Bring Your New Year’s Resolutions Back From the Dead
(It’s Not Too Late!)
by Roger Reid
With a third of the year behind us, the end of April signifies an important milestone—a four month benchmark for the goal-setting exercise that’s been a traditional part of each new year. Four months ago, many of us were writing down our resolutions and setting goals to stop smoking, get a better job, find a spouse, lose weight, and hundreds of other wanted changes in our lives.
How’s everyone doing?
According to national statistics, not very well. Ninety-five percent of us have not only given up, we’ve forgotten about our resolutions completely. That leaves only five percent who are still taking action and will actually accomplish any kind of lasting change.
The problem? The vast majority of our resolutions are destined to become nice little wishes—wishes that are quickly forgotten and buried in the hustle-bustle of everyday living. And as the years pass, we find ourselves looking back on a field of gravestones etched with excuses . . .
“It was impossible to stay on my diet. The company had me traveling most of the month, and you know how fattening restaurant food is.”
“I fully intended to begin that Spanish course, but the kids started little league and then the basement flooded, and …”
“I tried to schedule an hour a day to write, but with the new project starting and the extra paperwork, something had to give.”
Feeling a twinge of regret, we mourn our good intentions and then quickly move on.
It’s not that we’ve lost the desire for change. It’s because the motivation—the emotion that excites us and drives us to take action—has become diluted with the everyday demands of life.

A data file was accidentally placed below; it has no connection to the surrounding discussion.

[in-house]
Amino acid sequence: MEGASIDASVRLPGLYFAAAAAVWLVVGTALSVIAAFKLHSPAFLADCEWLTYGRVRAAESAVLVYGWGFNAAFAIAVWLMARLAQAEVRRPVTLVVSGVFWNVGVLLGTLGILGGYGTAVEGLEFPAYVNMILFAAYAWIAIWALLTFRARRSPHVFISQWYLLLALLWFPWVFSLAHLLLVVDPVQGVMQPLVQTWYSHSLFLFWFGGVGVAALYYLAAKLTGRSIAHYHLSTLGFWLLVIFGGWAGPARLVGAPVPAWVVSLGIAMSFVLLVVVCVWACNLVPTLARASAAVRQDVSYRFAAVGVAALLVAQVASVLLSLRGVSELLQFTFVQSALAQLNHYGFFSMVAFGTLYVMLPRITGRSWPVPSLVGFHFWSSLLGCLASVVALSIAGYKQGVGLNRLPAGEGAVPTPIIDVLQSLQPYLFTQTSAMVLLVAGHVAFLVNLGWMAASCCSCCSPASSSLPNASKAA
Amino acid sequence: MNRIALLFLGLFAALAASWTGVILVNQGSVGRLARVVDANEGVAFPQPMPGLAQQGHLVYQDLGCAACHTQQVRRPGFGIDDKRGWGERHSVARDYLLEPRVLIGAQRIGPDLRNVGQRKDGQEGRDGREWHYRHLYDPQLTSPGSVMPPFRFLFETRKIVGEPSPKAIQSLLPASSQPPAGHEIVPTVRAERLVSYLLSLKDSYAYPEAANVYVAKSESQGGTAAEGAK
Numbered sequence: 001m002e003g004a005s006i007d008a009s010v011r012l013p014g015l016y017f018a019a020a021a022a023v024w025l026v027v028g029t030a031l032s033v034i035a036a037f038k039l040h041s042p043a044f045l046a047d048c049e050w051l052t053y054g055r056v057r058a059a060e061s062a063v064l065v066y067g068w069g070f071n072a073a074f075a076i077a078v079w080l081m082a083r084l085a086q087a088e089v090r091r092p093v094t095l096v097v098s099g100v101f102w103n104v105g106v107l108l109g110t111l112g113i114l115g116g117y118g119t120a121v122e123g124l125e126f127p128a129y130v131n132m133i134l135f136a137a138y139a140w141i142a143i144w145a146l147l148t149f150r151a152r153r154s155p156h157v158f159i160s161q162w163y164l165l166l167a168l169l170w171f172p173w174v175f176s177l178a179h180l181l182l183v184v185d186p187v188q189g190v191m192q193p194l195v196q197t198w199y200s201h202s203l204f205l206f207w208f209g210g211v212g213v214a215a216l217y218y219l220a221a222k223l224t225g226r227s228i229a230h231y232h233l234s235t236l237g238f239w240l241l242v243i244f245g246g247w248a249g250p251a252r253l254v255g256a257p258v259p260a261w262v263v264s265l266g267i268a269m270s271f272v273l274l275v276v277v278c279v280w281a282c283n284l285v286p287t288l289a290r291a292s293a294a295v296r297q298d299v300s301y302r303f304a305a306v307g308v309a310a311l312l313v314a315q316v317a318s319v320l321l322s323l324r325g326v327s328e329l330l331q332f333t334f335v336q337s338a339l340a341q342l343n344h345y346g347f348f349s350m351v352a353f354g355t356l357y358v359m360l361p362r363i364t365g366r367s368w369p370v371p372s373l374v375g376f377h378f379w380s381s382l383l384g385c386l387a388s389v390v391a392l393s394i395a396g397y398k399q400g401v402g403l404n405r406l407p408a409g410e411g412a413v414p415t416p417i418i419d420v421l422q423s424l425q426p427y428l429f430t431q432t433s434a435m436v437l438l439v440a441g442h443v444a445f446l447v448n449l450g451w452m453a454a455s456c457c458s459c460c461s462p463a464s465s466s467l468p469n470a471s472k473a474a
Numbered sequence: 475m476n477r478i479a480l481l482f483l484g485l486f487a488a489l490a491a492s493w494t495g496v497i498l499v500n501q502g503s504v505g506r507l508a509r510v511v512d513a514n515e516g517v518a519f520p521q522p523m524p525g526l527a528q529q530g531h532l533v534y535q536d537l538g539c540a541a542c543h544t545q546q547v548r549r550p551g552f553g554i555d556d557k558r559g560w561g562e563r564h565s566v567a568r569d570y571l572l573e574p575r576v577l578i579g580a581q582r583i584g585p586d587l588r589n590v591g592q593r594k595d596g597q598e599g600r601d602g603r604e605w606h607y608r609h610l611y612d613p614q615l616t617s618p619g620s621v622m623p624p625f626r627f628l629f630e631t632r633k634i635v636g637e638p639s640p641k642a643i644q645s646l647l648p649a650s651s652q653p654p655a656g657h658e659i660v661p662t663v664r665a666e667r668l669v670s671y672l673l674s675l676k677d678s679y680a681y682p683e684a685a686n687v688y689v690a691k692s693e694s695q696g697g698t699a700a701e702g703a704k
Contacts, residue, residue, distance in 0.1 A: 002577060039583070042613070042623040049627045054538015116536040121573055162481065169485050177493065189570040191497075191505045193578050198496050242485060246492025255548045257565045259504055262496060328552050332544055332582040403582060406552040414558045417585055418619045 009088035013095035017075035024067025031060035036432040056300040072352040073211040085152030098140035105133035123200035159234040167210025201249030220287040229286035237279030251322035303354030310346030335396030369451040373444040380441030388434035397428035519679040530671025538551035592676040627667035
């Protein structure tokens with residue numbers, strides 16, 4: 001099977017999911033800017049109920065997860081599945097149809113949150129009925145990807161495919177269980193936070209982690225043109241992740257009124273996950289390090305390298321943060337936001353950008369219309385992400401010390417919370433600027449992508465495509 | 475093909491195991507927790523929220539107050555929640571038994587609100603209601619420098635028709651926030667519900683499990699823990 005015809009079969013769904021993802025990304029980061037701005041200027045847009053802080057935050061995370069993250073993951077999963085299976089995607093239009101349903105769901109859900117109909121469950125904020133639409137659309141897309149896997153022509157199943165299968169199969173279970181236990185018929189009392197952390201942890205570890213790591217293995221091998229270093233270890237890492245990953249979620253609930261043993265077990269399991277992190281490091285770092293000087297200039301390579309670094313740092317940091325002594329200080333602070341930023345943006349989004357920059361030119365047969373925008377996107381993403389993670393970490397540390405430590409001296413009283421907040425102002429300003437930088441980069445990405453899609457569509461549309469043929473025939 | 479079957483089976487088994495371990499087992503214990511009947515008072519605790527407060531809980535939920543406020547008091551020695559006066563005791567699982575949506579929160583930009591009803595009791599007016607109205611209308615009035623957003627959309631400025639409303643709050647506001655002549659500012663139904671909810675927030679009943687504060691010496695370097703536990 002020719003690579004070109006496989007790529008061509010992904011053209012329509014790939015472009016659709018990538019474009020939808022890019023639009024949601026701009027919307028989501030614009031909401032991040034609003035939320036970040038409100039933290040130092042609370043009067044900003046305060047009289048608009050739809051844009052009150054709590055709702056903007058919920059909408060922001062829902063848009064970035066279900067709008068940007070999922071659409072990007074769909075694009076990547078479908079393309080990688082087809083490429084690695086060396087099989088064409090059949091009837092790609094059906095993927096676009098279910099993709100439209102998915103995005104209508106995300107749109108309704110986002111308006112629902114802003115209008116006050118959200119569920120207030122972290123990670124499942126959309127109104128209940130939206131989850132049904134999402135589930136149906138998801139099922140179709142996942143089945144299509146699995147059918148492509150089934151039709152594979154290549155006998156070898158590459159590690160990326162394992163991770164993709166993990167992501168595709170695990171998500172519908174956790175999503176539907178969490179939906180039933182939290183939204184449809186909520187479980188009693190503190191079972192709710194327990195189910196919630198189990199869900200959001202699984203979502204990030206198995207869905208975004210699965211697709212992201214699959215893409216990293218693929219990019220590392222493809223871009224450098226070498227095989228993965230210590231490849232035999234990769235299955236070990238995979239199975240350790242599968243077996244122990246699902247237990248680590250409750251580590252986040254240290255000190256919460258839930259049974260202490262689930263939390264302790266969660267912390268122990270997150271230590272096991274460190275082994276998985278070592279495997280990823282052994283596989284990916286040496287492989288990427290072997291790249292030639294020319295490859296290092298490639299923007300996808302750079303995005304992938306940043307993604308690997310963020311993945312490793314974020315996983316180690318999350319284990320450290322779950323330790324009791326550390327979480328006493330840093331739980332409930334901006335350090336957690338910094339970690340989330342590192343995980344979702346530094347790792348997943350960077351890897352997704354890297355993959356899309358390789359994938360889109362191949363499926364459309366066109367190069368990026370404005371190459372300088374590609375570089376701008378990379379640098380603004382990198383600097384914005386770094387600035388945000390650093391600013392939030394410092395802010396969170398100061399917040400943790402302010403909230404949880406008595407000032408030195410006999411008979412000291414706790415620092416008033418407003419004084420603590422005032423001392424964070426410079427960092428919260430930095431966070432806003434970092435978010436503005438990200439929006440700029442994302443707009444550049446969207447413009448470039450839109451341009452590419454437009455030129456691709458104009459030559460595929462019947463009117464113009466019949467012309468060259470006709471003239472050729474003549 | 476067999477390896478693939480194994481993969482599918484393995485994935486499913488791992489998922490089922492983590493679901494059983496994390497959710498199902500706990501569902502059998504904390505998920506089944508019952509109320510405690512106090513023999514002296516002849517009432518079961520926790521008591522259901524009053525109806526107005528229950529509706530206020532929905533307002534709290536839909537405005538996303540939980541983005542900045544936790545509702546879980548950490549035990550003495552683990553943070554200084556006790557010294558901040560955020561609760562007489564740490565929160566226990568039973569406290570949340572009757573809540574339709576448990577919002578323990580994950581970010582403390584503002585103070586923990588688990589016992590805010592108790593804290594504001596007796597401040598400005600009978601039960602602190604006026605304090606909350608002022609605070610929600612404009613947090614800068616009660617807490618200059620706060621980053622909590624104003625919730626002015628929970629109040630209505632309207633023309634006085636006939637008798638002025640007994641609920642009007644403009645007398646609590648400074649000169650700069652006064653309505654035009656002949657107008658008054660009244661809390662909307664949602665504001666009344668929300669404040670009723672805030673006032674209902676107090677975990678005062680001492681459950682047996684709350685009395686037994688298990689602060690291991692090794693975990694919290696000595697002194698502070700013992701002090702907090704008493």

But that doesn’t mean we have to wait until January to start over. The calendar is an arbitrary reason for setting new life objectives. If there’s something you really want to do, start now by pulling out the goals and resolutions you made four months ago, then use the following questions and suggestions to revise and re-prioritize your efforts.
Do you have too many goals? It’s only normal to want to change everything at once – to attempt a total life makeover. But trying to accomplish too many changes at the same time often keeps us from doing anything. For example, if you had ten goals and failed to make progress on any of them, choose the three that still mean the most to you – the ones that would make a real difference in your life. Then prioritize those three even further by asking yourself which one is a must have. The majority of failed objectives result from the activities in your current schedule over-riding the priority of your new goal. The truth? If you haven’t made any progress on your goal, it was never a must have.
Pursuing more than one goal at a time also invites conflicting behavior and intentions. For example, if one of your goals is to save fifteen percent of your income to start an investment fund, and you also want to buy a new home, replace your aging car, and increase your charitable contributions, you have a major conflict.
Choose one objective– the most important one to you – and start. Save the others to review in six months from now.